California Unveils Historic Monument Honoring Native American History

California Unveils Historic Monument Honoring Native American History

Photo: (Asm. James C. Ramos (D-San Bernardino), center, the chairperson of the Native American Legislative Caucus, authored AB 338, which authorized the California Native American Monument. Ramos is pictured with tribal chairpersons Jesus Tarango, right, from the Wilton Rancheria tribe, and Sara Dutschke, left, from the Ione Band of Miwok Indians. The monument pays tribute to six tribes in the Sacramento Region. Nov. 7, 2023. CBM photo by Antonio Ray Harvey.

California has erected an eight-foot statue honoring Miwok elder William “Bill” Franklin, and 338 Native American tribes. Located on the grounds of the State Capitol in Sacramento, it is the first official monument honoring Native American heritage at the historic building where the Legislature convenes and where Gov. Gavin Newsom has his primary office.

Over 500 tribal members, dignitaries and students witnessed the unveiling of the statue last week.

“On this historic day, here on Nov. 7, the California people will have a monument on the Capitol grounds for all those visiting to see that we are still here,” said Assemblymember James C. Ramos (D-San Bernardino), who presided over the event.

“We’re still here against great odds, odds we’ve seen our people go through, many historical challenges in the state of California. We’re still here because of the resilience of our elders and ancestors,” continued Ramos, chairperson of the California Native American Legislative Caucus.

Ramos said the monument is representative “resilency” of the indigenous people and how they are still “much ingrained in the thread of the state of California.”


In 2020, on the Fourth of July, about 200 protestors gathered at the State Capitol to denounce the death of George Floyd and demand racial justice, police reform and equality for Black people. During that demonstration, protestors toppled a statue of Saint Junípero Serra (Miguel Jose Serra), a Spanish Franciscan Catholic priest, which was installed in 1967 and stood on the northeast side of the building.

The new bronze statue of Franklin celebrating California’s indigenous heritage replaces Serra’s on land that was once owned by Native American tribes. The monument is the 10th addition to a park that memorializes California’s firefighters, veterans, and public safety officers.

In 2021, Ramos authored Assembly Bill (AB) 338 in 2021, which authorized the monument.

Ramos is the first Native American Californian elected to the legislature since California obtained statehood in 1850. AB 338 was signed into law by Gov. Gavin Newsom in September 2021. In November 2022, a groundbreaking ceremony for the installation of Franklin’s likeness was held at the same location.

“This unveiling signifies the start of a new era at the California State Capitol,” said Jesus Tarango, chairman of Wilton Rancheria, a federally recognized tribe in Northern California.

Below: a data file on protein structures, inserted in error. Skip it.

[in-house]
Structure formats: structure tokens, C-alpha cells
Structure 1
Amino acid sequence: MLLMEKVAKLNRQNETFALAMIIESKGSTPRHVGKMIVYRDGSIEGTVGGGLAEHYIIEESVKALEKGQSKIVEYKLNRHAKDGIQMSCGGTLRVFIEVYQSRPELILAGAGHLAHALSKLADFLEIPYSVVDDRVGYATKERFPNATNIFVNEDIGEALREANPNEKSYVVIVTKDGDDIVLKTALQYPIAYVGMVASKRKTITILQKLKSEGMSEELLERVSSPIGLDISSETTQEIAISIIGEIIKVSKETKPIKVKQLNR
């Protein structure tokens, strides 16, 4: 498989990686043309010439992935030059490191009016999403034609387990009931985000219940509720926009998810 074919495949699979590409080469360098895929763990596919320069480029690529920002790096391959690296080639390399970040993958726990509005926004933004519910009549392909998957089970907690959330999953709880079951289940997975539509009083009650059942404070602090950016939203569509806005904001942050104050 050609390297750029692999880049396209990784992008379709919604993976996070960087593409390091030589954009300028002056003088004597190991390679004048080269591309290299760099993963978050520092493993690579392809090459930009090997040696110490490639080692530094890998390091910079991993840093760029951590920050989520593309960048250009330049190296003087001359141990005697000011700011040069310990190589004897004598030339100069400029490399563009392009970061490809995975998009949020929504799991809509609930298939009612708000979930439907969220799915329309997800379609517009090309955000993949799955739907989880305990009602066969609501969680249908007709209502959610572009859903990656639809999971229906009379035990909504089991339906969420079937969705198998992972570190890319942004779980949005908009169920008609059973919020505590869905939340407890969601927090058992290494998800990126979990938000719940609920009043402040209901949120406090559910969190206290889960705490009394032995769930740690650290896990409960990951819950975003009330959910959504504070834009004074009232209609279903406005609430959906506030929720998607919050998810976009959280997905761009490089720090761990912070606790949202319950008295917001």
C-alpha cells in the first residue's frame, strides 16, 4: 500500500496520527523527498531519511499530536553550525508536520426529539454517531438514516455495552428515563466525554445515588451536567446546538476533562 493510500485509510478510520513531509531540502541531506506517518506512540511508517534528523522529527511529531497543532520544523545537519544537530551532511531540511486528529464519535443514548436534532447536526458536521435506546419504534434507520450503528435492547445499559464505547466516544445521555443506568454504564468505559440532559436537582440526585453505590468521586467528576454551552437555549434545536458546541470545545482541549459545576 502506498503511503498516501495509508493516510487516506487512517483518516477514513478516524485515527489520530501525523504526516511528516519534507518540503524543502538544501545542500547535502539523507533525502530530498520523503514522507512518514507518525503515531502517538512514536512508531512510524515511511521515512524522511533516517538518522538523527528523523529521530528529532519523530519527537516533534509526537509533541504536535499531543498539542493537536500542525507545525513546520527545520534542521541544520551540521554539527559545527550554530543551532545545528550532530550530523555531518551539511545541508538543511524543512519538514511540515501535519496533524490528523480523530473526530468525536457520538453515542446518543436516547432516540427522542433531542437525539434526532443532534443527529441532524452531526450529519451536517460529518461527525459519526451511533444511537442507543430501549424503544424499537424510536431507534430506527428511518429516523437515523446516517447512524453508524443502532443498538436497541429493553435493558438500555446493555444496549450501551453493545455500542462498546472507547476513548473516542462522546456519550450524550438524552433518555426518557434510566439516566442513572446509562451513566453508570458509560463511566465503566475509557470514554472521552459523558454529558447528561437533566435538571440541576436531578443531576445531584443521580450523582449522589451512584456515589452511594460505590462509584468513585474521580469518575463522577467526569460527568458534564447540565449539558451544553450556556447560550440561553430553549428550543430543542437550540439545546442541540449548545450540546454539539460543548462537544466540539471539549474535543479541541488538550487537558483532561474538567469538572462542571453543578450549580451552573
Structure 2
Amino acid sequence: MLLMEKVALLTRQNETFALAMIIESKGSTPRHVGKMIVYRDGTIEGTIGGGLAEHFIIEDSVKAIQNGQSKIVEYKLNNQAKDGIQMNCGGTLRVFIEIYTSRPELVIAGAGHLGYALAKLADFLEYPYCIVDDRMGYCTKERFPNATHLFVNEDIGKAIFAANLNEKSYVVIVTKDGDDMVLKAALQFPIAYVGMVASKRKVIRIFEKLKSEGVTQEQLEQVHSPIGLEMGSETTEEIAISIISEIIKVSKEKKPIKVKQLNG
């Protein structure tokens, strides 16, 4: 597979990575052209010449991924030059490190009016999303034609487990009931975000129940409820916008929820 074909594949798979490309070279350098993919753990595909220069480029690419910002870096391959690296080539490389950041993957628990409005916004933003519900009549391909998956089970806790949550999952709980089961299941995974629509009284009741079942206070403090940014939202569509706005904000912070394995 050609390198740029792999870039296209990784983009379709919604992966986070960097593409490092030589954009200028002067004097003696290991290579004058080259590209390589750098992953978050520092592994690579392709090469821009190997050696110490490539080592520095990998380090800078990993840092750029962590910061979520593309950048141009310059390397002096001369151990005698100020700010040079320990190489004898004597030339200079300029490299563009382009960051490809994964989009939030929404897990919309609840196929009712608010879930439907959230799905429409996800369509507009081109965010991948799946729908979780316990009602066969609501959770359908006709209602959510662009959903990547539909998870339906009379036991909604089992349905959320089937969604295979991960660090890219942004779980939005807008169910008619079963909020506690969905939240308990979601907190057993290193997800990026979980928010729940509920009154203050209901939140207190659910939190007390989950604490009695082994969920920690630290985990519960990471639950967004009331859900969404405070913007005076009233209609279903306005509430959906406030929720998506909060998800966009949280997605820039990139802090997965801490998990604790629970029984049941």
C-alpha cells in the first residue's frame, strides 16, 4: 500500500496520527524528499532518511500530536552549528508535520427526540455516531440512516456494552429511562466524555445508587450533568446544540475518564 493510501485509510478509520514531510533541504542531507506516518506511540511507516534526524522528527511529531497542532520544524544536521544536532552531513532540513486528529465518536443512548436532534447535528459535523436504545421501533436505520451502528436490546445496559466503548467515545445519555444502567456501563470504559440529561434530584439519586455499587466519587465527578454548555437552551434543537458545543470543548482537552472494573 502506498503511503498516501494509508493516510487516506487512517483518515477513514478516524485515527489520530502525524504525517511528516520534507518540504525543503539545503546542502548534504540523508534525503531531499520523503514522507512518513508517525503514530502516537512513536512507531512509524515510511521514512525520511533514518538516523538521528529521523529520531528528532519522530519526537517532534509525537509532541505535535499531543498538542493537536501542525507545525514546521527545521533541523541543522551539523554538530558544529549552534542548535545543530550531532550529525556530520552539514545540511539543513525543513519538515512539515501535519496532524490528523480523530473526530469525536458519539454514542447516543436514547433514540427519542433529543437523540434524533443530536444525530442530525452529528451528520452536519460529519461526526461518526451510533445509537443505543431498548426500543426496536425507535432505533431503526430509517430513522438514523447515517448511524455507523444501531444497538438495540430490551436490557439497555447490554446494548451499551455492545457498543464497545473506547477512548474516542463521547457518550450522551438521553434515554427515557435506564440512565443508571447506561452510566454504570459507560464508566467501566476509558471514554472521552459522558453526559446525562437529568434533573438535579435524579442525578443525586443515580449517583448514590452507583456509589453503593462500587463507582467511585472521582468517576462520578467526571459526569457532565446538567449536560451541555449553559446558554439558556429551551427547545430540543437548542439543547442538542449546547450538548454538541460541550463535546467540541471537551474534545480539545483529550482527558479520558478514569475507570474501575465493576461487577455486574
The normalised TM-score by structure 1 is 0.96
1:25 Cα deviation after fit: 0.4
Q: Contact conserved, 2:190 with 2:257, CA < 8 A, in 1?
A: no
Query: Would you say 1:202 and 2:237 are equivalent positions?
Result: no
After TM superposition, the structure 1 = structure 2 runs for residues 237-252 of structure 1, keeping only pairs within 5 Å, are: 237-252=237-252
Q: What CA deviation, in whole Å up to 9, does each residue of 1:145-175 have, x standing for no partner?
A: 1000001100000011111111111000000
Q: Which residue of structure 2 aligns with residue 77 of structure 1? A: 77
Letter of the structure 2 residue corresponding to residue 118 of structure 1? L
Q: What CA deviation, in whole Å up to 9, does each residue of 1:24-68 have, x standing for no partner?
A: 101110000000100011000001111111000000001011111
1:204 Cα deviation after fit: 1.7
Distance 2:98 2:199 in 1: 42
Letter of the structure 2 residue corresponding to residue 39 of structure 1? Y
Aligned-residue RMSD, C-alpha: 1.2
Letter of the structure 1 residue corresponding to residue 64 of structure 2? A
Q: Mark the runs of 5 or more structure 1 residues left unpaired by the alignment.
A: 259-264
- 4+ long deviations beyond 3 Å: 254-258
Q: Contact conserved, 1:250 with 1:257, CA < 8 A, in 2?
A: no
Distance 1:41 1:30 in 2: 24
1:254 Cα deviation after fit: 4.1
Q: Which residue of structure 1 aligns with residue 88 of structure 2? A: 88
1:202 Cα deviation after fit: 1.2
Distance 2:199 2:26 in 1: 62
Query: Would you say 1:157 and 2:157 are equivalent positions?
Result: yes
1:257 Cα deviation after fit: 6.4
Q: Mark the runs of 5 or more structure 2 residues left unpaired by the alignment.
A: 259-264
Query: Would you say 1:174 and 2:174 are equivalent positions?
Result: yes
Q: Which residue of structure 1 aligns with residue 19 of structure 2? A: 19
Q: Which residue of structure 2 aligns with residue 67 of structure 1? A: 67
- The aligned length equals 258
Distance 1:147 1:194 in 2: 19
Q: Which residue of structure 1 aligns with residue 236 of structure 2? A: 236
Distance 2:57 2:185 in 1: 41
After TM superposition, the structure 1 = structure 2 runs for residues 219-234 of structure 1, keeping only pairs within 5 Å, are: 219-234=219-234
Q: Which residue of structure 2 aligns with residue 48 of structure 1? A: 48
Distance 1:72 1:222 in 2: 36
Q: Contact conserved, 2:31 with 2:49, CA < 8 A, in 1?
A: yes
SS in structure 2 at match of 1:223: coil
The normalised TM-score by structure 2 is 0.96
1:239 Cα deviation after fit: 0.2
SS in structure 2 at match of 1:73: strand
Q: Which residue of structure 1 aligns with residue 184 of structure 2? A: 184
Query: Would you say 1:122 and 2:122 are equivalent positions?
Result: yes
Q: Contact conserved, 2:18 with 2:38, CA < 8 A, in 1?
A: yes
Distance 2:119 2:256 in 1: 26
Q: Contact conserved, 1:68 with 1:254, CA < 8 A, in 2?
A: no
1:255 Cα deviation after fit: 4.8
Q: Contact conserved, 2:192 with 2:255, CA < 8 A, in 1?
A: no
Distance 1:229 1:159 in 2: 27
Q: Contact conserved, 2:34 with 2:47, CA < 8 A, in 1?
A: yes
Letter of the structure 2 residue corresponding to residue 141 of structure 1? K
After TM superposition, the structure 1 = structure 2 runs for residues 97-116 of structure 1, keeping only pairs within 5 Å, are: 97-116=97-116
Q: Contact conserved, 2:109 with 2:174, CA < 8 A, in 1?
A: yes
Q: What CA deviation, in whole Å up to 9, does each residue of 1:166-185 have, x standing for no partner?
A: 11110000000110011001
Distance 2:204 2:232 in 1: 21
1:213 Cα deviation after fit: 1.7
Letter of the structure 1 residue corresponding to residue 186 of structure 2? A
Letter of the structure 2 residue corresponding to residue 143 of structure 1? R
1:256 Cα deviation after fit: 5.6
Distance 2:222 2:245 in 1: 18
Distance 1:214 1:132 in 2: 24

“Every tribe across the state has their own Bill Franklin, a leader who fought to keep our cultures and traditions alive during a time where it was dangerous to do so. This monument serves to thank and honor each one of them,”

Six tribes from northern California supported Ramos’s legislation. Members of the Ione Band of Miwok Indians, Chicken Ranch Rancheria, Barona Bandof Mission Indian, Wilton Rancheria, Tuolumne Band of Me-Wuk Indians, Buena Vista Rancheria of Me-Wuk Indians, and Shingle Springs Band of Miwok Indians made the monument and dedication possible.


Newsom says the construction of the statue action sends a powerful message from the grounds of Capitol Park to people across California. It underscores “the state’s commitment to reckoning with our past and working to advance a California for All built on our values of inclusion and equity,” Newsom stated.

Franklin was a Miwok Indian leader and cultural preservationist whose efforts conserved the history and promoted the Miwok and other Native American cultures, most notably, the traditional dances. He was born on Sept. 12, 1912, in Nashville, a town in El Dorado County. Franklin passed away on May 2, 2000.

The Miwok skirt dancer portrayed in the monument created by artist Ronnie Frostad is modeled after Franklin. The Miwok leader was responsible for building three “roundhouses” that are dedicated spaces for Native American ceremonies, songs, dances, and gatherings.

During the ceremony, cultural presentations by the Kalte Crew of Wilton Rancheria, Shingle Springs Traditional Dancers, and Tuolumne Me-Wuk Dancers were intermittently performed.

“This sort of recognition for our people is long overdue and represents an important step toward telling the true history of California,” stated Sara Dutschke, chairperson of Ione Band of Miwok Indians.

Efforts to replace Serra’s statue predated its unceremonious toppling during the Floyd protests. For years, various monuments commemorating the priest around the state had been the target of advocates, historians and activists, who said missions led by the priest beatified by Pope John II on Sept. 25, 1988, contributed to the displacement and destruction of Native American tribes in California.

“As Native Americans, we have been invisible, romanticized, minimized, or disparaged for centuries,” Ramos stated. “That is not easily or quickly undone. But I am proud to be Native American and proud to be a Californian.”

This California Black Media report was supported in whole or in part by funding provided by the State of California, administered by the California State Library.